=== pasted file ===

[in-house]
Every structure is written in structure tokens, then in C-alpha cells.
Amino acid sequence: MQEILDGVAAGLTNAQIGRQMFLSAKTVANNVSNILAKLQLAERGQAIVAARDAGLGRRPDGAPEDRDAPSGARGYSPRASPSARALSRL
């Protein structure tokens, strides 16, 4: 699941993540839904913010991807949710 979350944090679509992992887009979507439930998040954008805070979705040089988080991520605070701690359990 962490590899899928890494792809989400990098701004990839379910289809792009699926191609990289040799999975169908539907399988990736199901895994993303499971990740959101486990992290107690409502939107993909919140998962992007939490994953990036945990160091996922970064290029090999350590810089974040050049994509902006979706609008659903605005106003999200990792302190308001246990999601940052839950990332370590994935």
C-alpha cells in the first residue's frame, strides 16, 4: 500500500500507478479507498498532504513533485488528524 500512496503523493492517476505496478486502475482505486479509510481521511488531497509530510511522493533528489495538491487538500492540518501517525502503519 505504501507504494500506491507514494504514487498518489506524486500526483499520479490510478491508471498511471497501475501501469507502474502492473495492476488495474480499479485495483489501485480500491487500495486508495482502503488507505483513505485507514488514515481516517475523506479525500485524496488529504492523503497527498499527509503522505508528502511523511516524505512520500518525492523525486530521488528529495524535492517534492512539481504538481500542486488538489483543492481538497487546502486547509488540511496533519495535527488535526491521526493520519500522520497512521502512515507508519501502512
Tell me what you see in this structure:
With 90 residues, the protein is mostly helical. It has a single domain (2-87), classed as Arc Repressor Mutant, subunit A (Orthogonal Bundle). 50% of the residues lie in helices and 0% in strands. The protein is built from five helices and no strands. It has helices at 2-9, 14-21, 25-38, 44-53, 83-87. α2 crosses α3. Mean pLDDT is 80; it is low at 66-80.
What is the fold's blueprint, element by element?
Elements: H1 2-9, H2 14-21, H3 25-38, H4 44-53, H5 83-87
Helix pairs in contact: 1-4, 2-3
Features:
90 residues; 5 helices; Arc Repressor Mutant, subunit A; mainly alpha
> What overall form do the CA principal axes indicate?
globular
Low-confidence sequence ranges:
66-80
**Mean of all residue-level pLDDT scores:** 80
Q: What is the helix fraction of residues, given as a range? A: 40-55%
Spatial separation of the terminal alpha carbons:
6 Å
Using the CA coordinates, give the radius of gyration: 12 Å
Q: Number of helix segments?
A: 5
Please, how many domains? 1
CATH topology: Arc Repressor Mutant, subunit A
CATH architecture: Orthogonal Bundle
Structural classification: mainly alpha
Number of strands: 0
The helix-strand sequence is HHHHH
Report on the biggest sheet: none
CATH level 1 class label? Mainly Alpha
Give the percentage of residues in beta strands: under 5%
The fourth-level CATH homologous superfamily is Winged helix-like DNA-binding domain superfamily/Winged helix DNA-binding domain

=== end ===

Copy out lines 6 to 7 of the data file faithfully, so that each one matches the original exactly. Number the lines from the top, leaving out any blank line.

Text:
Tell me what you see in this structure:
With 90 residues, the protein is mostly helical. It has a single domain (2-87), classed as Arc Repressor Mutant, subunit A (Orthogonal Bundle). 50% of the residues lie in helices and 0% in strands. The protein is built from five helices and no strands. It has helices at 2-9, 14-21, 25-38, 44-53, 83-87. α2 crosses α3. Mean pLDDT is 80; it is low at 66-80.